Both parties are in agreement that the PPDA Act applied to the impugned procurement. The basic public procurement and disposal principles appear in Sections 43 — 54 of the Act. In short, all public procurement and disposal must be conducted in accordance with the Act. The reason is simple: because of entrenched corruption and institutionalized incompetence in most Government Departments, it is necessary that tenders be handled in an open manner to minimize complaints of unfairness. The procurement process therefore has well laid out guidelines for procurement and disposal of assets. For instance, there must be no discrimination in public procurements. The process must promote transparency, accountability and fairness (section 45) or else every allocation of a government tender or contract will be challenged. The contract must be awarded to the bidder with the best evaluated offer ascertained on the basis of methodology and criteria detailed in the bidding documents. The
Statute prescribes the means. Those means must be employed in the interests of fairness.
From the findings of the respondent, the relevant methodology and criteria were flouted by CAA. It is surprising that the respondent could choose to ignore them and even offer no reason for doing so. It was in my view a sad day in the field of procurements, what with CAA behaving as if the Act didn’t exist, or if it existed, wasn’t necessary to be followed.
The writs of certiorari are a means of controlling bodies of persons having legal authority to determine questions affecting the rights of others and having the duty to act judicially. With reference to certiorari, the learned authors of Harlisbury’s Laws of England (3 Edn, Vol. 11 p. 62) have this to say:
“When the inferior tribunal has jurisdiction to decide a matter it cannot (merely because it incidentally misconstrues a Statute, or admits illegal evidence, or rejects legal evidence, or misdirects itself as to the weight of evidence, or convicts without evidence) be deemed to exceed or abuse its jurisdiction. If, however, an administrative body comes to a decision which no reasonable body could ever have come to, it will be deemed to have exceeded its jurisdiction, and the court can interfere.”
It is trite that a challenge to a quasi-judicial body’s exercise of
discretion can be sustained if:
(i). bad faith was exhibited.
(ii). absurdity was present.
(iii). legally relevant issues were ignored.
(iv). improper motives were demonstrated.
(v). the point of the statute was frustrated.
See: R vs Secretary of State for Environment, Ex narte Hammersmith & Anor T1991 1 1 A. C 521.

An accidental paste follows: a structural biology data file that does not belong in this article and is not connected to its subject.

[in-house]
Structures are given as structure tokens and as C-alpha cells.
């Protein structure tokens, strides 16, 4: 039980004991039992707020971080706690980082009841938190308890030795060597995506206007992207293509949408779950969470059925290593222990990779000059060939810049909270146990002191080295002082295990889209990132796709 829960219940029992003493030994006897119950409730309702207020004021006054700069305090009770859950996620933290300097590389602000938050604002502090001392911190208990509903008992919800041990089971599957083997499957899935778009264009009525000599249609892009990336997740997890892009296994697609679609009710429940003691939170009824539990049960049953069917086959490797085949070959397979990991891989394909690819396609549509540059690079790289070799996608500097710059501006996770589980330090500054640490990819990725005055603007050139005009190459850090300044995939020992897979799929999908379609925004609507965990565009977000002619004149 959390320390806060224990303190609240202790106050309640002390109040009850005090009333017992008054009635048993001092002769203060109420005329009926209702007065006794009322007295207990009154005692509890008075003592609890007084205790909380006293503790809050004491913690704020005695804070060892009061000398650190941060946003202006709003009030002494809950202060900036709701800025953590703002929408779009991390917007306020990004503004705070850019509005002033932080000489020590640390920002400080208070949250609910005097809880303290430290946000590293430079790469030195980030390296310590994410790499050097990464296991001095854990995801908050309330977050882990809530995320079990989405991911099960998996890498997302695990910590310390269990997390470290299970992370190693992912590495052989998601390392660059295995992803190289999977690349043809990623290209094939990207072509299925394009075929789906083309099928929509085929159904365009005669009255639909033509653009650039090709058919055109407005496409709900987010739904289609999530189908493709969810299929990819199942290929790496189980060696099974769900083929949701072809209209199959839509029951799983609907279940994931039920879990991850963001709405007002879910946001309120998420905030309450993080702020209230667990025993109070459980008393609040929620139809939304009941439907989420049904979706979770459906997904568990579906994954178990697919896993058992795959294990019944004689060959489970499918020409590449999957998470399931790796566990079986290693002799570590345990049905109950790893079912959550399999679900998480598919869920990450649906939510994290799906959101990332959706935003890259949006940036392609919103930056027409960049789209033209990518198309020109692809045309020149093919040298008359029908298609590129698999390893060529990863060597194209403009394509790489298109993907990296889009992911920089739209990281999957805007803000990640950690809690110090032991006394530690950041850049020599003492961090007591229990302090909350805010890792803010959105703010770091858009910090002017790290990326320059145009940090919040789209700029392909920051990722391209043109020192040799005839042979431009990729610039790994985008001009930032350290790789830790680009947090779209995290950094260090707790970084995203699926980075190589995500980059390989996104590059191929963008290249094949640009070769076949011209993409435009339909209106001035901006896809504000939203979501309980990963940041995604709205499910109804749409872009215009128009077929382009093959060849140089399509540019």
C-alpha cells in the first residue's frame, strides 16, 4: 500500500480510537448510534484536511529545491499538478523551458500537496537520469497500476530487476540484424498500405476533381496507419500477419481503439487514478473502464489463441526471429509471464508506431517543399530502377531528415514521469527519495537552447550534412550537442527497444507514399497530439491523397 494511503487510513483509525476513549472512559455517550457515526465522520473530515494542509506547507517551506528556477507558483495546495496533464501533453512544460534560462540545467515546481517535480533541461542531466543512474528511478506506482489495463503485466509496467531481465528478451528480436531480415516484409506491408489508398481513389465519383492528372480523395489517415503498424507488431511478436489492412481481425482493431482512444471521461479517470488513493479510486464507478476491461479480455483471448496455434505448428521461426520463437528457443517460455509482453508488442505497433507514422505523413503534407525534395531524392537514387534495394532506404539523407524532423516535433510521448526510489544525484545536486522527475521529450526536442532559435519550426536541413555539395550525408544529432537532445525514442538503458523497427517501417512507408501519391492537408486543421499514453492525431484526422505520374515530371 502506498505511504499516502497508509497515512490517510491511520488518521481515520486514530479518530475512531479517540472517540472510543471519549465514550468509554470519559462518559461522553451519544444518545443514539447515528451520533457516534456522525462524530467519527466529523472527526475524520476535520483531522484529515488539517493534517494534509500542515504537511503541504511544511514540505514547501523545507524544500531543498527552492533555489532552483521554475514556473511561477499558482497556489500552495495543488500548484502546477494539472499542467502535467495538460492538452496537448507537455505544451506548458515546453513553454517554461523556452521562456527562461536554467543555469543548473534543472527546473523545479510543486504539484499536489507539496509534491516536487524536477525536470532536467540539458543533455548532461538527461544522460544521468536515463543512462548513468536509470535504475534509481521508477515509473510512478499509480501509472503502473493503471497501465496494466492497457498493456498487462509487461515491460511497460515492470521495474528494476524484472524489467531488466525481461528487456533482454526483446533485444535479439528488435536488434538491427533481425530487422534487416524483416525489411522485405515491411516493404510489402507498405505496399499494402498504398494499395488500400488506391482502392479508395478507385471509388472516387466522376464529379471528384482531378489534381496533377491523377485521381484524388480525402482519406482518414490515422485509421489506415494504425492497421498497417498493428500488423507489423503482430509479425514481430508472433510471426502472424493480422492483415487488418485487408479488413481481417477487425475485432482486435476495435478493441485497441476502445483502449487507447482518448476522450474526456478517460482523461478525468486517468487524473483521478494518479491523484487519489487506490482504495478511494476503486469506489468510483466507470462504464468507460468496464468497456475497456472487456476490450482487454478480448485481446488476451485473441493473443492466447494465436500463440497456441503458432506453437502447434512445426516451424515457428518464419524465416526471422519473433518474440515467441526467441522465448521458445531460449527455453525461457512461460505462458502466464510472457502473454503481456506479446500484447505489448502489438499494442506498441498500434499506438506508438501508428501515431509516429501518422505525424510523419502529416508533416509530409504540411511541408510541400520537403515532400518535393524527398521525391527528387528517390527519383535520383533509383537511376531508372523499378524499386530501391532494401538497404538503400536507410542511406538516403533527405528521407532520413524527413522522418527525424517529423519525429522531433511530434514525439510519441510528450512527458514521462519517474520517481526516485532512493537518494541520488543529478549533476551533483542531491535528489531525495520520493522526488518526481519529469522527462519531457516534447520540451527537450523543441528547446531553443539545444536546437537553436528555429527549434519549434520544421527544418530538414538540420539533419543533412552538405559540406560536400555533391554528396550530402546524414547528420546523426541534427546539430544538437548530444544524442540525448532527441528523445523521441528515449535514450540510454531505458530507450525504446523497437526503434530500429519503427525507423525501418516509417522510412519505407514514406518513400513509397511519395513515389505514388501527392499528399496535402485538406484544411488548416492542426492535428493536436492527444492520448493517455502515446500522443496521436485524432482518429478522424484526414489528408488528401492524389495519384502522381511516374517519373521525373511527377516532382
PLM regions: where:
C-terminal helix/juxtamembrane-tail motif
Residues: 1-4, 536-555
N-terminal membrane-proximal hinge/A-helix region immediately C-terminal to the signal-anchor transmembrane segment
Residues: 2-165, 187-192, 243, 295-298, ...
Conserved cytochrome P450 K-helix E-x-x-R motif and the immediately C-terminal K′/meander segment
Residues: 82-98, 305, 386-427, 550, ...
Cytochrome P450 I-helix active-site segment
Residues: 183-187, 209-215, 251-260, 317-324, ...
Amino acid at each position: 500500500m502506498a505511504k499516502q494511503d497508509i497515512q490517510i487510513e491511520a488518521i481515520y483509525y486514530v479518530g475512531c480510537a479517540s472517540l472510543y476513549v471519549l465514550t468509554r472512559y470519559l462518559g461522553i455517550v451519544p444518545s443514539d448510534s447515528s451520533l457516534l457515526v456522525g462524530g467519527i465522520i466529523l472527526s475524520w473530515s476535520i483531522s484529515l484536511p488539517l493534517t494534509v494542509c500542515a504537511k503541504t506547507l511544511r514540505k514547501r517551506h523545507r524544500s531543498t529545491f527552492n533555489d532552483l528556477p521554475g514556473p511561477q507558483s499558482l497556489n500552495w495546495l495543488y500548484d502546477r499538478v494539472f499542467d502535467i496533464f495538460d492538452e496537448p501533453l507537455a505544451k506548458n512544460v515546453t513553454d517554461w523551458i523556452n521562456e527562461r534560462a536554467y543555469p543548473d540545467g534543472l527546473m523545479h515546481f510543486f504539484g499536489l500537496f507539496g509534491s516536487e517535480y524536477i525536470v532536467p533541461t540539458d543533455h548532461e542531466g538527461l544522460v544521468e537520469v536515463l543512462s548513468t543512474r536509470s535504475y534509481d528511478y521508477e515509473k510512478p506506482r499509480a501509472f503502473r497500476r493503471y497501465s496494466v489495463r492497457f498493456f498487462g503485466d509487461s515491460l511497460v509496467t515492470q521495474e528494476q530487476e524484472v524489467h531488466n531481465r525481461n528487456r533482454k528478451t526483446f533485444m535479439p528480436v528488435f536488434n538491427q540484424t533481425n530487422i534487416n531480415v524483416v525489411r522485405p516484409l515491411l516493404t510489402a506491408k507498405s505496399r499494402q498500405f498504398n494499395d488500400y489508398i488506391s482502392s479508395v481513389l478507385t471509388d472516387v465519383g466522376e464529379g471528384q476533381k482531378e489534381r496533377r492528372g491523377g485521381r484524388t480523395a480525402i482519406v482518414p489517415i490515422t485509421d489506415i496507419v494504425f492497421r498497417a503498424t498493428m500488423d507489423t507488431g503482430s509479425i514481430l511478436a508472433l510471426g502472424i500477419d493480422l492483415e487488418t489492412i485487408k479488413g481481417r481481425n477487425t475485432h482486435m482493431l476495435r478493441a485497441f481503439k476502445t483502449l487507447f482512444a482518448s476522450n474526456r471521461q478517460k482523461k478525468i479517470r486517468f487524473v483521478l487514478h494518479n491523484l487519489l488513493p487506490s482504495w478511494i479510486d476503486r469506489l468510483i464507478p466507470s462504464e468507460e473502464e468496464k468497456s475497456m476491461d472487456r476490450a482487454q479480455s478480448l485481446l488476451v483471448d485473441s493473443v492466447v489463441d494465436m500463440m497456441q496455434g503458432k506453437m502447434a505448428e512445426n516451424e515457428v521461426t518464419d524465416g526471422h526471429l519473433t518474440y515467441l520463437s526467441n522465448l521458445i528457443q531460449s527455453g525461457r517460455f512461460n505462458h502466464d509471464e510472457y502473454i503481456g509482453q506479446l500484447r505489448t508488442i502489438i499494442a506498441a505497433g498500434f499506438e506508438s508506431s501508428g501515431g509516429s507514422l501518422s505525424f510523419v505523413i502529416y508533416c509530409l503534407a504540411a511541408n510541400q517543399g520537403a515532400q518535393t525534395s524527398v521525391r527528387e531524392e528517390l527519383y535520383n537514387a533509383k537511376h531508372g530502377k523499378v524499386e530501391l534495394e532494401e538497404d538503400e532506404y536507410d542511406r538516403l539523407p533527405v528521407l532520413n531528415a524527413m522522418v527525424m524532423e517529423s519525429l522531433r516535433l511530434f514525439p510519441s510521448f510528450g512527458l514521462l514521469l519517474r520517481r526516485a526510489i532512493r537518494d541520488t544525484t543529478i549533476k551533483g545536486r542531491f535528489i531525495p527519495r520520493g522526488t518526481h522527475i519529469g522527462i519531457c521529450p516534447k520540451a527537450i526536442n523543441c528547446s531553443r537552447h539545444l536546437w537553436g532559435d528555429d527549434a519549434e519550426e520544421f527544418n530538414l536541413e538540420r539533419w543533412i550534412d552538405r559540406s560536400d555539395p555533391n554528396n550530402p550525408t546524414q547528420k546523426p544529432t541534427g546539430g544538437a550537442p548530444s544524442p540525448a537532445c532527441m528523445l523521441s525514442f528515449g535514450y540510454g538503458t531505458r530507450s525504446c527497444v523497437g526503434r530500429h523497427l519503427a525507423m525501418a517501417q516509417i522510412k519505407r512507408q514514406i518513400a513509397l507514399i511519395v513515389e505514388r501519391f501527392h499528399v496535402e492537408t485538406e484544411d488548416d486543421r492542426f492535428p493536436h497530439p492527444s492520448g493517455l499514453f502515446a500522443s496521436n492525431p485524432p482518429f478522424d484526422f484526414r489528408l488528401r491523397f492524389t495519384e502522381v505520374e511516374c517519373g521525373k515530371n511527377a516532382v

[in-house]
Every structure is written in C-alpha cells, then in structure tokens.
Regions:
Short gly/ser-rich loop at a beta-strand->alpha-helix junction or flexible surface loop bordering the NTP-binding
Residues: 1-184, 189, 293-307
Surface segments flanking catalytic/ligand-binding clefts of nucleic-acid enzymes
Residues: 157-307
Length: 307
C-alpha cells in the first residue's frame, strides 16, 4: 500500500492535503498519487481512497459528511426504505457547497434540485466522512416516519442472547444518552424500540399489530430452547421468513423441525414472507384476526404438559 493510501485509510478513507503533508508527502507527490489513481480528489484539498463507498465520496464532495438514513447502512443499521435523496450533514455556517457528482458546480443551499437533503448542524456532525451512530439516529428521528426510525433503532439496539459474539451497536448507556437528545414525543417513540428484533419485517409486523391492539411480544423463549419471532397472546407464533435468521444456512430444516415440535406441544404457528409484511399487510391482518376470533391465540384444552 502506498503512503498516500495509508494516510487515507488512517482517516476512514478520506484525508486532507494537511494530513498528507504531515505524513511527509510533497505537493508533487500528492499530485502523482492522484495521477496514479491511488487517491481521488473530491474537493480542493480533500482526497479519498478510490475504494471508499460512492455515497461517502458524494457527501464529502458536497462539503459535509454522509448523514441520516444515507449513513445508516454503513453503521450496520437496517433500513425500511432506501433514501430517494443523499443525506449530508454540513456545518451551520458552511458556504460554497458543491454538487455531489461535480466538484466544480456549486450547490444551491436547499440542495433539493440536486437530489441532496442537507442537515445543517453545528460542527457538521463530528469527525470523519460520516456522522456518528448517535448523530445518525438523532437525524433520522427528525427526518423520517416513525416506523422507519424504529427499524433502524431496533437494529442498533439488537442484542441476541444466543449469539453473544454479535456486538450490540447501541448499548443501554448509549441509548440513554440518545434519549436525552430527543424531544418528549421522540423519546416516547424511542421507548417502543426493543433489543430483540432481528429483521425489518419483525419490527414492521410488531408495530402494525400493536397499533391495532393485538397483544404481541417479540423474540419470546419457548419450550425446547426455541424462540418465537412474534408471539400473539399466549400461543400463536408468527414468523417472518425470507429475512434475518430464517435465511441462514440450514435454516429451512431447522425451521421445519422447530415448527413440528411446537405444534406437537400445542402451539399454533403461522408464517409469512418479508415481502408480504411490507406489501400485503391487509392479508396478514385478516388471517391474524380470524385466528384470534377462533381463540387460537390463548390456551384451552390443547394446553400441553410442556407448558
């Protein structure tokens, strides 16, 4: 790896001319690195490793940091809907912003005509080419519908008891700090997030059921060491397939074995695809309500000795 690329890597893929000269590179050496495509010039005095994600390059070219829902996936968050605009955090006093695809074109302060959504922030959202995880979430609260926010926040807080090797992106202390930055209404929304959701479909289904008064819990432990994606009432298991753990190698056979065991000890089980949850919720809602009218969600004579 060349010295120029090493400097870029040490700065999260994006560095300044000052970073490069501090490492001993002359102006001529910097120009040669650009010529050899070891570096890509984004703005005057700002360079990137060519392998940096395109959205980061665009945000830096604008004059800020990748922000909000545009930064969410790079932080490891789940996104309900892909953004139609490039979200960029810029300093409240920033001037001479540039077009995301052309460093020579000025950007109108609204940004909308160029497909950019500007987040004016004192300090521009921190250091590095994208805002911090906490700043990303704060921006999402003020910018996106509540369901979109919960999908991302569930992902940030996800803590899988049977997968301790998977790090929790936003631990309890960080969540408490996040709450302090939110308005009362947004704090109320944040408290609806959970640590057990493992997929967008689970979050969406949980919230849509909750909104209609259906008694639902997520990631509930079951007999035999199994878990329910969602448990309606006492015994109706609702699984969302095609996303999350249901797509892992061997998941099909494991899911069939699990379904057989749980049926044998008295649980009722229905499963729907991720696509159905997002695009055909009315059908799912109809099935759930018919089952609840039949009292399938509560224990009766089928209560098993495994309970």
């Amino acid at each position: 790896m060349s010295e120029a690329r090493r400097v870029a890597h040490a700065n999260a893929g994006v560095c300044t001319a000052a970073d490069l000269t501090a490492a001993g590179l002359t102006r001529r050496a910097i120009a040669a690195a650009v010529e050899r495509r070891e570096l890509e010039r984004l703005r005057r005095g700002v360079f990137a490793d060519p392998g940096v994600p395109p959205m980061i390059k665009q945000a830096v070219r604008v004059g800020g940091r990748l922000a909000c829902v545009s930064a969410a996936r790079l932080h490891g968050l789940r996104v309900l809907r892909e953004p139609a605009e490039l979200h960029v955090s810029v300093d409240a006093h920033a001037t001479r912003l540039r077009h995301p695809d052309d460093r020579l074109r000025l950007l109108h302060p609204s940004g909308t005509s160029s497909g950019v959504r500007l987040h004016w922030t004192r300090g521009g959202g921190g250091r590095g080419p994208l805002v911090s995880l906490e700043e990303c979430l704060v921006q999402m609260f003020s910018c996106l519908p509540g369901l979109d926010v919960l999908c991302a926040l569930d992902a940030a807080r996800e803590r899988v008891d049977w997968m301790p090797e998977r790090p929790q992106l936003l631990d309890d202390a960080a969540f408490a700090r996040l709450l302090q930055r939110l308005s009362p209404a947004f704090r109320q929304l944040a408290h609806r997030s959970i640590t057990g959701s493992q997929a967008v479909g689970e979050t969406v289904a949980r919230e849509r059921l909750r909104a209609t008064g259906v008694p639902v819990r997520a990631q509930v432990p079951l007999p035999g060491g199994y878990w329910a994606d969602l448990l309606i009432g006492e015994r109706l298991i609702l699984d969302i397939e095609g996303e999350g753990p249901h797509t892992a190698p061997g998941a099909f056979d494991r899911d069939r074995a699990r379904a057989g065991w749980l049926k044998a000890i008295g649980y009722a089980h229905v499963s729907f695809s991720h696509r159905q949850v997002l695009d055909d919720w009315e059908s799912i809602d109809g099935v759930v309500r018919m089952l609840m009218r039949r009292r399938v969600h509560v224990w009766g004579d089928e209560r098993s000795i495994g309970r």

Relating the above principles to the instant case, it is clear to me that legally relevant issues were ignored in okaying the tender process by the respondent. The decision went against the body of evidence and the point of the PPDA Act was frustrated by the very body put in place to safeguard it. The frustration was to the applicant’s prejudice. It was an absurd decision.
Learned Counsel for the respondent has submitted that the respondent’s decision was arrived at after a careful consideration of the law and facts before them in the presence of both parties and the decision of CAA was upheld.
With the respect, I do not agree with learned Counsel’s reasoning on this point. Having come to the conclusion that “the procurement process by CAA was marred with procedural irregularities and omissions,” the tender award was ineffectual and therefore invalid in law. Issues of the power of attorney, income tax clearance and evidence of social security contributions were not issues raised before
the Authority by the applicant. These issues were therefore immaterial in as far as the application for administrative review before them was concerned. The award having been made by improper means was tainted with illegality as the respondent correctly found. Since there was a procedure to correct it under S. 91 (2) of the Act, it could not be allowed to stand. And this is regardless of whether or not the applicant could indeed have failed to win the tender in a fairly conducted process.
In Makula International Ltd vs His Eminence Cardinal Nsubua & Anor 119821 HCB 11 at p. 15 the law regarding illegality was stated thus:
“A court of law cannot sanction what is illegal and illegality once brought to the attention of the court overrides all questions of pleading including admissions made thereon
To decide otherwise would be to condone an illegality since the award had been made contrary to established procedure.
For the reasons stated above, the respondent erred in law when it allowed the tender process to proceed despite the procedural flaws.
I so find.
Issue No. 2: Reliefs, if any.
The concept of ultravires is one to control the actions of persons or public bodies not authorized necessarily, or, by implication, by law. Since anything done not authorized by law is ultravires, judicial review will stop the unlawful action as refusal to do so would be effectively to validate an ultravires act. A competent court of law cannot do so.